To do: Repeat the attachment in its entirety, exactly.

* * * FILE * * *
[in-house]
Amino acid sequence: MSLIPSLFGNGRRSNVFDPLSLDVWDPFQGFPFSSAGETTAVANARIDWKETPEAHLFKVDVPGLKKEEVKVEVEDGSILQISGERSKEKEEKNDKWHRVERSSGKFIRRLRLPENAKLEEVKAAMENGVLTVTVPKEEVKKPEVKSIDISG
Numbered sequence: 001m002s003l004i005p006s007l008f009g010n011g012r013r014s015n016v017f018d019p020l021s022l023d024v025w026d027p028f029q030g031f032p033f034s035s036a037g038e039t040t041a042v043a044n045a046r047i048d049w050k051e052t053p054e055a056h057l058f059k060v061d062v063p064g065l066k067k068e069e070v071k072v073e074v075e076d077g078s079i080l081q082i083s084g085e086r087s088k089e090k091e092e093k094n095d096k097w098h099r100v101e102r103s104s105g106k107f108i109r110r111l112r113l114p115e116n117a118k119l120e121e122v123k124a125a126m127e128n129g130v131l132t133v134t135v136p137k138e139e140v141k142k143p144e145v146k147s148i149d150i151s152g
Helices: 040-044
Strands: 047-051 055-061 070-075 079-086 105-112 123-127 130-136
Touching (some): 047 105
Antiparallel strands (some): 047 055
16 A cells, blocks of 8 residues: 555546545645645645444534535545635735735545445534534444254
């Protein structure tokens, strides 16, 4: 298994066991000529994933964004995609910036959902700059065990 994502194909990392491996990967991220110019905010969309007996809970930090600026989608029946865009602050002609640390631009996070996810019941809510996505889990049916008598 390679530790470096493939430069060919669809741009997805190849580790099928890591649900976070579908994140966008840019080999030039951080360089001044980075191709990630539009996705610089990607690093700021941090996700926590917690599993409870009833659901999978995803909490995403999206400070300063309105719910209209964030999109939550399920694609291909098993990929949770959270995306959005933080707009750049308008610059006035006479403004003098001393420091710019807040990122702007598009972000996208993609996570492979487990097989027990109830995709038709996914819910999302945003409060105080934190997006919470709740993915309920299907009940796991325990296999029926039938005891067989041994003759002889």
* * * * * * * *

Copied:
[in-house]
Amino acid sequence: MSLIPSLFGNGRRSNVFDPLSLDVWDPFQGFPFSSAGETTAVANARIDWKETPEAHLFKVDVPGLKKEEVKVEVEDGSILQISGERSKEKEEKNDKWHRVERSSGKFIRRLRLPENAKLEEVKAAMENGVLTVTVPKEEVKKPEVKSIDISG
Numbered sequence: 001m002s003l004i005p006s007l008f009g010n011g012r013r014s015n016v017f018d019p020l021s022l023d024v025w026d027p028f029q030g031f032p033f034s035s036a037g038e039t040t041a042v043a044n045a046r047i048d049w050k051e052t053p054e055a056h057l058f059k060v061d062v063p064g065l066k067k068e069e070v071k072v073e074v075e076d077g078s079i080l081q082i083s084g085e086r087s088k089e090k091e092e093k094n095d096k097w098h099r100v101e102r103s104s105g106k107f108i109r110r111l112r113l114p115e116n117a118k119l120e121e122v123k124a125a126m127e128n129g130v131l132t133v134t135v136p137k138e139e140v141k142k143p144e145v146k147s148i149d150i151s152g
Helices: 040-044
Strands: 047-051 055-061 070-075 079-086 105-112 123-127 130-136
Touching (some): 047 105
Antiparallel strands (some): 047 055
16 A cells, blocks of 8 residues: 555546545645645645444534535545635735735545445534534444254
């Protein structure tokens, strides 16, 4: 298994066991000529994933964004995609910036959902700059065990 994502194909990392491996990967991220110019905010969309007996809970930090600026989608029946865009602050002609640390631009996070996810019941809510996505889990049916008598 390679530790470096493939430069060919669809741009997805190849580790099928890591649900976070579908994140966008840019080999030039951080360089001044980075191709990630539009996705610089990607690093700021941090996700926590917690599993409870009833659901999978995803909490995403999206400070300063309105719910209209964030999109939550399920694609291909098993990929949770959270995306959005933080707009750049308008610059006035006479403004003098001393420091710019807040990122702007598009972000996208993609996570492979487990097989027990109830995709038709996914819910999302945003409060105080934190997006919470709740993915309920299907009940796991325990296999029926039938005891067989041994003759002889």